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BAGHDAD (Reuters) - Iraqi troops resumed on Monday a coordinated offensive towards Mosul, the last major city held by Islamic State, targeting the eastern bank of the Tigris river that divides the city, military officials said.
The army's counter-terrorism unit had paused its advance last week after it made ground quicker than forces on other fronts, to allow them to close the gap and get nearer to the city.
Iraqi security forces and Kurdish Peshmerga fighters started the offensive on Oct. 17, with air and ground support from the U.S.-led coalition against the hardline Sunni group.
Pro-Iranian Iraqi Shi'ite militias joined the fighting on Saturday, aiming to cut the route between Mosul and Raqqa, Islamic State's main stronghold in Syria.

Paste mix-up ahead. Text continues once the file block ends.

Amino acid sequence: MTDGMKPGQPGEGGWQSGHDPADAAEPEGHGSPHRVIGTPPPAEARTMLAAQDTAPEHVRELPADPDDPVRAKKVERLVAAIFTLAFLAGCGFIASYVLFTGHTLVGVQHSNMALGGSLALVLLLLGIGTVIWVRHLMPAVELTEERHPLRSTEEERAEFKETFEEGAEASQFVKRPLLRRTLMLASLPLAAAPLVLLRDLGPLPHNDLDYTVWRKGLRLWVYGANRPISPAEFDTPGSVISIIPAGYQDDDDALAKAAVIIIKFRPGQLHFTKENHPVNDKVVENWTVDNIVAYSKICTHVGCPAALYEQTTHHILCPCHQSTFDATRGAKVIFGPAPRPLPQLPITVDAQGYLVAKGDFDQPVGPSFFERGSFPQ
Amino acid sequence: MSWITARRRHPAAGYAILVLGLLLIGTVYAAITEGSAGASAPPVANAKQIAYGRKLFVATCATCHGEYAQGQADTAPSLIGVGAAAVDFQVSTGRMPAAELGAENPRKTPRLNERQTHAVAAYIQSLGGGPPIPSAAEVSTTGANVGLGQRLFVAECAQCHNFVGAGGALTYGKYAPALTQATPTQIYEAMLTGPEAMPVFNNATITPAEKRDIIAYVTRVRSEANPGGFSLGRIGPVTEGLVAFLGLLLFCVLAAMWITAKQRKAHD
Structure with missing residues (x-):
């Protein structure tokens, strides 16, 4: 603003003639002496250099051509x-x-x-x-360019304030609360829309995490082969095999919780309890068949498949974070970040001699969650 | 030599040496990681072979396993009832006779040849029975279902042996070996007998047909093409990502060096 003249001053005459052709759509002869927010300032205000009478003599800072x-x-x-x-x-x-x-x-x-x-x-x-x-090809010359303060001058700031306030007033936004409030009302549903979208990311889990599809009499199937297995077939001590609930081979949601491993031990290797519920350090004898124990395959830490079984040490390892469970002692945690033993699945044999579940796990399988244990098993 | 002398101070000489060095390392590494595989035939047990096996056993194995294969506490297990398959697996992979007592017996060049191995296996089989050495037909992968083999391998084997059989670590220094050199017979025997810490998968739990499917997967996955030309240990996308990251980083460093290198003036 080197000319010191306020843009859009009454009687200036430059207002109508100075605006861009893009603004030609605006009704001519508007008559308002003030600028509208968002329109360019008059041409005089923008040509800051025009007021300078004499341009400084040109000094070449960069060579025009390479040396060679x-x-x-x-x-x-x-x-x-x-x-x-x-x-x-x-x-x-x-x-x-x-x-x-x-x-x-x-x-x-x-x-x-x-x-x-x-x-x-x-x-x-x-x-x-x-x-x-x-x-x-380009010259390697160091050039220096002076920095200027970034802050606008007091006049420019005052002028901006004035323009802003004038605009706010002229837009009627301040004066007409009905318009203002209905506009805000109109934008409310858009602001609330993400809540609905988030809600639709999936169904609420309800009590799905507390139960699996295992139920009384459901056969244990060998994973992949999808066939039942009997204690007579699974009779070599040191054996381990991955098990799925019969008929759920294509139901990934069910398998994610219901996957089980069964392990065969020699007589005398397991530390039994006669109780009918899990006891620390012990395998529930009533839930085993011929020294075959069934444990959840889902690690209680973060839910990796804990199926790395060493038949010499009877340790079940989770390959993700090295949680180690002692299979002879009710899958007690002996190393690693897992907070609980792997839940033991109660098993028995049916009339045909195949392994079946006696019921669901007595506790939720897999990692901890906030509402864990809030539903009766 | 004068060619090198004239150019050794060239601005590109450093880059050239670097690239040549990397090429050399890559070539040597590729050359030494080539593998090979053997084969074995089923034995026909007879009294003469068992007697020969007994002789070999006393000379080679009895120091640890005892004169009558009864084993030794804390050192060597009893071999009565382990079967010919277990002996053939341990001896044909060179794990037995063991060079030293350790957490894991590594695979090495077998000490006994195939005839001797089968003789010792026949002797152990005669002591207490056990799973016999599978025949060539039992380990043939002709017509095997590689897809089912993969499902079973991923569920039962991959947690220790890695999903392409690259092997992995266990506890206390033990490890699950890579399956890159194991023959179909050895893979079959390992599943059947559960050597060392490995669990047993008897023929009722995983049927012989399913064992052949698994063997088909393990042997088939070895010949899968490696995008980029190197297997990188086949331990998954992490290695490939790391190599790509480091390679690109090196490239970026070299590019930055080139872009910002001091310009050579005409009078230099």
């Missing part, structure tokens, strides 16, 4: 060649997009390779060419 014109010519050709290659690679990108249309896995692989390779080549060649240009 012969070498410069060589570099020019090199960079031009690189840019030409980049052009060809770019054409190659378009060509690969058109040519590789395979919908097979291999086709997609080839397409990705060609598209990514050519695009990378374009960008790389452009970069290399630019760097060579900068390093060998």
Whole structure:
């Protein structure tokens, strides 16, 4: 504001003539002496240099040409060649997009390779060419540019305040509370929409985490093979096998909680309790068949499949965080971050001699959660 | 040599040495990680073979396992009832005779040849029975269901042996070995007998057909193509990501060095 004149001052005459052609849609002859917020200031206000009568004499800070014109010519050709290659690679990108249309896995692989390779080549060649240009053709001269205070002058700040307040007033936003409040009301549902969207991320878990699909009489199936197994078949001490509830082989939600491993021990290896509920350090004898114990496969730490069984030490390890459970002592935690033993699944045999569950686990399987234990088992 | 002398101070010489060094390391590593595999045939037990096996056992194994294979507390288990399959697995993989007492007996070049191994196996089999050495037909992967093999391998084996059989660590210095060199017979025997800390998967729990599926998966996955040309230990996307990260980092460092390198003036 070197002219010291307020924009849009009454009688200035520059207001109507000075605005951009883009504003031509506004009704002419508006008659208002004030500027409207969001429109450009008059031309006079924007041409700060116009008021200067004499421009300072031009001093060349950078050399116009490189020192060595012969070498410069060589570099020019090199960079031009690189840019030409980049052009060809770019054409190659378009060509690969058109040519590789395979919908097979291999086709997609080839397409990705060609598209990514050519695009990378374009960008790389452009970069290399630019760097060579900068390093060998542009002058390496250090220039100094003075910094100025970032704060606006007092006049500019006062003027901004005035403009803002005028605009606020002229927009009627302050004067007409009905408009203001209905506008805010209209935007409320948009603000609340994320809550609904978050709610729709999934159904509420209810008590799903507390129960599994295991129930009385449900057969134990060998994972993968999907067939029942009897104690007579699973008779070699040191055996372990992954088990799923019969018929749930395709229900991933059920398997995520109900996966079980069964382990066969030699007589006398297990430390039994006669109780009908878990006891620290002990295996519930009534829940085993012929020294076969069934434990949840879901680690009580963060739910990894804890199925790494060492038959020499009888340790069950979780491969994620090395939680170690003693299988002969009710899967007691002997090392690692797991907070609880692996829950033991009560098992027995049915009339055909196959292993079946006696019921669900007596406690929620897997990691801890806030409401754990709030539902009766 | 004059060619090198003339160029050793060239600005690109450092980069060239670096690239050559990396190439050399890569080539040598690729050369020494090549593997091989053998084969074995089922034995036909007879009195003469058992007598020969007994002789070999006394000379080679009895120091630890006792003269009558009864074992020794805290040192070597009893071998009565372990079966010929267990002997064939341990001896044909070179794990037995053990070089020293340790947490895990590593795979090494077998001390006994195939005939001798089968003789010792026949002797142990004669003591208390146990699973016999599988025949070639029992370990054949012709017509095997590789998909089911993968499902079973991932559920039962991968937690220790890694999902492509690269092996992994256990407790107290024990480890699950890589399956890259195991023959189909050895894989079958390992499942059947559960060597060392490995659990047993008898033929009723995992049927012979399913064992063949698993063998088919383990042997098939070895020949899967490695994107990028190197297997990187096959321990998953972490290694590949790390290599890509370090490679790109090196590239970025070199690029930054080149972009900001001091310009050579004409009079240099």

The battle for Mosul, still home to 1.5 million residents, is shaping up to be one of the toughest in a decade of turmoil following the U.S-led invasion that toppled Saddam Hussein in 2003.
"The operation to liberate the left bank of Mosul has started," said a military statement, referring to the eastern bank of the river that flows from north to south. Another statement said five villages were taken north of Mosul, where Peshmerga fighters are also being deployed.
Islamic State militants has been fighting off the two-week offensive with suicide car bombs, snipers and mortar fire.
They have also set oil wells on fire to cover their movements and displaced thousands of civilians from villages toward Mosul, using them as human shields, U.N. officials and villagers who spoke to Reuters have said.
Worst-case United Nations forecasts see up to 1 million people being uprooted by the fighting, which U.N. aid agencies said had so far forced about 17,500 people to flee -- a figure that excludes those taken into Mosul by the retreating militants.
Reporting by Maher Chmaytelli and Dominic Evans; editing by John Stonestreet